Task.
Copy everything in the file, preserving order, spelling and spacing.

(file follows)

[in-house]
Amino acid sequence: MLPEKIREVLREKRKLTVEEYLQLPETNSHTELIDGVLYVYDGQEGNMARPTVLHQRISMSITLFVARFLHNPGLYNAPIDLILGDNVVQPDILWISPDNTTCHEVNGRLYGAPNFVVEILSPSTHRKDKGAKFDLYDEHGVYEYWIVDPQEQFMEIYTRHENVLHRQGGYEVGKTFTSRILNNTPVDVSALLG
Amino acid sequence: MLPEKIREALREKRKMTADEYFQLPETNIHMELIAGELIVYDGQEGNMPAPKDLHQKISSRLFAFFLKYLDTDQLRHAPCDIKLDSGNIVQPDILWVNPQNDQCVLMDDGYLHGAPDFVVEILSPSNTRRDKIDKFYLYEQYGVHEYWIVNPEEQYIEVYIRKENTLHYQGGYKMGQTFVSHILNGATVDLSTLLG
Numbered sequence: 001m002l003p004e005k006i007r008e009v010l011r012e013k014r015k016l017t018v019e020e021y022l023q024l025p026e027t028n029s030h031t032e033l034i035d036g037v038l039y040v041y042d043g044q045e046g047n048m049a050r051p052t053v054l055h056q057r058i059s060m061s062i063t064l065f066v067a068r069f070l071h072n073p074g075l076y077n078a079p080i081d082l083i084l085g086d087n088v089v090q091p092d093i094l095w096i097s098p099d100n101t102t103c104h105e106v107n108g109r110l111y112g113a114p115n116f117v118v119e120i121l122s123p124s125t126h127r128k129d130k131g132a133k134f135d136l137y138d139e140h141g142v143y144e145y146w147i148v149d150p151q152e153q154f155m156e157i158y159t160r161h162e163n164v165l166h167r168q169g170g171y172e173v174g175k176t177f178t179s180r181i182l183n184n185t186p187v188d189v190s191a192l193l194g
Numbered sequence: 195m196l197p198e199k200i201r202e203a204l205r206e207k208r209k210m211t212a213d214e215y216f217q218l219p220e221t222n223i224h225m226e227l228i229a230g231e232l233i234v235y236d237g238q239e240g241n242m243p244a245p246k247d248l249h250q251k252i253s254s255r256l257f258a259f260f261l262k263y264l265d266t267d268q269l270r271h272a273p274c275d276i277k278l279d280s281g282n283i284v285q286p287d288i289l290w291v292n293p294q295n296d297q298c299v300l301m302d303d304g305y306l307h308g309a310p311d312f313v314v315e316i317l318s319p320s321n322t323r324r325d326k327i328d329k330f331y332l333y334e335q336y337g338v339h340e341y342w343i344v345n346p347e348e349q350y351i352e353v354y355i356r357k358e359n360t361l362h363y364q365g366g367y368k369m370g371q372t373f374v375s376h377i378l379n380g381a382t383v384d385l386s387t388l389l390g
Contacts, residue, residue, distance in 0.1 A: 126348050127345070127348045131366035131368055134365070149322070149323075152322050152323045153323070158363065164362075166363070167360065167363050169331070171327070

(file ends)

[in-house]
Amino acid sequence: MLPEKIREVLREKRKLTVEEYLQLPETNSHTELIDGVLYVYDGQEGNMARPTVLHQRISMSITLFVARFLHNPGLYNAPIDLILGDNVVQPDILWISPDNTTCHEVNGRLYGAPNFVVEILSPSTHRKDKGAKFDLYDEHGVYEYWIVDPQEQFMEIYTRHENVLHRQGGYEVGKTFTSRILNNTPVDVSALLG
Amino acid sequence: MLPEKIREALREKRKMTADEYFQLPETNIHMELIAGELIVYDGQEGNMPAPKDLHQKISSRLFAFFLKYLDTDQLRHAPCDIKLDSGNIVQPDILWVNPQNDQCVLMDDGYLHGAPDFVVEILSPSNTRRDKIDKFYLYEQYGVHEYWIVNPEEQYIEVYIRKENTLHYQGGYKMGQTFVSHILNGATVDLSTLLG
Numbered sequence: 001m002l003p004e005k006i007r008e009v010l011r012e013k014r015k016l017t018v019e020e021y022l023q024l025p026e027t028n029s030h031t032e033l034i035d036g037v038l039y040v041y042d043g044q045e046g047n048m049a050r051p052t053v054l055h056q057r058i059s060m061s062i063t064l065f066v067a068r069f070l071h072n073p074g075l076y077n078a079p080i081d082l083i084l085g086d087n088v089v090q091p092d093i094l095w096i097s098p099d100n101t102t103c104h105e106v107n108g109r110l111y112g113a114p115n116f117v118v119e120i121l122s123p124s125t126h127r128k129d130k131g132a133k134f135d136l137y138d139e140h141g142v143y144e145y146w147i148v149d150p151q152e153q154f155m156e157i158y159t160r161h162e163n164v165l166h167r168q169g170g171y172e173v174g175k176t177f178t179s180r181i182l183n184n185t186p187v188d189v190s191a192l193l194g
Numbered sequence: 195m196l197p198e199k200i201r202e203a204l205r206e207k208r209k210m211t212a213d214e215y216f217q218l219p220e221t222n223i224h225m226e227l228i229a230g231e232l233i234v235y236d237g238q239e240g241n242m243p244a245p246k247d248l249h250q251k252i253s254s255r256l257f258a259f260f261l262k263y264l265d266t267d268q269l270r271h272a273p274c275d276i277k278l279d280s281g282n283i284v285q286p287d288i289l290w291v292n293p294q295n296d297q298c299v300l301m302d303d304g305y306l307h308g309a310p311d312f313v314v315e316i317l318s319p320s321n322t323r324r325d326k327i328d329k330f331y332l333y334e335q336y337g338v339h340e341y342w343i344v345n346p347e348e349q350y351i352e353v354y355i356r357k358e359n360t361l362h363y364q365g366g367y368k369m370g371q372t373f374v375s376h377i378l379n380g381a382t383v384d385l386s387t388l389l390g
Contacts, residue, residue, distance in 0.1 A: 126348050127345070127348045131366035131368055134365070149322070149323075152322050152323045153323070158363065164362075166363070167360065167363050169331070171327070